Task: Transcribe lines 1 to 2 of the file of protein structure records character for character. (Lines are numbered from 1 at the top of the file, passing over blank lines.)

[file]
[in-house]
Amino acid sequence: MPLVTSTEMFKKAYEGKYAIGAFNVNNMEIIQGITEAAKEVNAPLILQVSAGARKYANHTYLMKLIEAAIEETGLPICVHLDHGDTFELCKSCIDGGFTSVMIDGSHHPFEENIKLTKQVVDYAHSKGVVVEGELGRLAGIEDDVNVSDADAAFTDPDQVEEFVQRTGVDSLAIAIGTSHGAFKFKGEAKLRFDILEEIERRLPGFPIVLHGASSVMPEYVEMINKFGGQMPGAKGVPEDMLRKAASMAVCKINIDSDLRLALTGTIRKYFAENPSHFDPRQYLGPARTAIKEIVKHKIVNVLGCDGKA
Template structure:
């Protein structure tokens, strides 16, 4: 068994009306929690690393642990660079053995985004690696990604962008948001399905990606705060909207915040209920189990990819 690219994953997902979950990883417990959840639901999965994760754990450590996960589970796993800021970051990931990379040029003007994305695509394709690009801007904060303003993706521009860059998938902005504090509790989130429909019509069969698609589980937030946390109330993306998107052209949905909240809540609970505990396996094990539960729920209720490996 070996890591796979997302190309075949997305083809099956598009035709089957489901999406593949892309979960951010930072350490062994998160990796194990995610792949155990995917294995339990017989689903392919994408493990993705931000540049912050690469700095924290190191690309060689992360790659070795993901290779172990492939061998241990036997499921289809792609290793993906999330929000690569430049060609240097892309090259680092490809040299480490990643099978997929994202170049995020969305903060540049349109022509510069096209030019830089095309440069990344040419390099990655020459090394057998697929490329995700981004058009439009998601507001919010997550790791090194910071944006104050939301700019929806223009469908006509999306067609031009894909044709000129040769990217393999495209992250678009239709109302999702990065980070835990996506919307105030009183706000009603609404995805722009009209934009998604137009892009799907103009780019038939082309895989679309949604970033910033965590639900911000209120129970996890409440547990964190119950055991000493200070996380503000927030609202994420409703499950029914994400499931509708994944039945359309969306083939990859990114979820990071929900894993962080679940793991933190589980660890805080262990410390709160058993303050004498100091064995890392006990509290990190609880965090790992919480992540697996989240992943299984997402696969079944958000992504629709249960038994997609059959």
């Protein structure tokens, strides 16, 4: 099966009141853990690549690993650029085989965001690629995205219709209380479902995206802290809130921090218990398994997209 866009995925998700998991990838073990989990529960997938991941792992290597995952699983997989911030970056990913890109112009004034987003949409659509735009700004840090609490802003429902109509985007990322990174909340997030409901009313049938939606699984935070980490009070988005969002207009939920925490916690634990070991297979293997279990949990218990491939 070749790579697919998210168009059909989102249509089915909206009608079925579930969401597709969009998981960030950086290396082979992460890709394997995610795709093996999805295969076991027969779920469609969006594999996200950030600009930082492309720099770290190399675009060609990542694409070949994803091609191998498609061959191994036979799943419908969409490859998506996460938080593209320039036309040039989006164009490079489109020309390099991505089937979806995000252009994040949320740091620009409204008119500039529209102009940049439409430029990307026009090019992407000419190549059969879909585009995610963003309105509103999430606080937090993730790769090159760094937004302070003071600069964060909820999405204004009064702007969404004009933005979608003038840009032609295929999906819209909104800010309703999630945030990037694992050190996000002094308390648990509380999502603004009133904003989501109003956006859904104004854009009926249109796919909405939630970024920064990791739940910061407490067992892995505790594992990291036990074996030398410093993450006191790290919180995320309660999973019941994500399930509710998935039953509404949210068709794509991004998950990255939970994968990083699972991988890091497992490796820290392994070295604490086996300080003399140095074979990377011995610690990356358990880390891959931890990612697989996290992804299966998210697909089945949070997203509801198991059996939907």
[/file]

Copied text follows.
[in-house]
Amino acid sequence: MPLVTSTEMFKKAYEGKYAIGAFNVNNMEIIQGITEAAKEVNAPLILQVSAGARKYANHTYLMKLIEAAIEETGLPICVHLDHGDTFELCKSCIDGGFTSVMIDGSHHPFEENIKLTKQVVDYAHSKGVVVEGELGRLAGIEDDVNVSDADAAFTDPDQVEEFVQRTGVDSLAIAIGTSHGAFKFKGEAKLRFDILEEIERRLPGFPIVLHGASSVMPEYVEMINKFGGQMPGAKGVPEDMLRKAASMAVCKINIDSDLRLALTGTIRKYFAENPSHFDPRQYLGPARTAIKEIVKHKIVNVLGCDGKA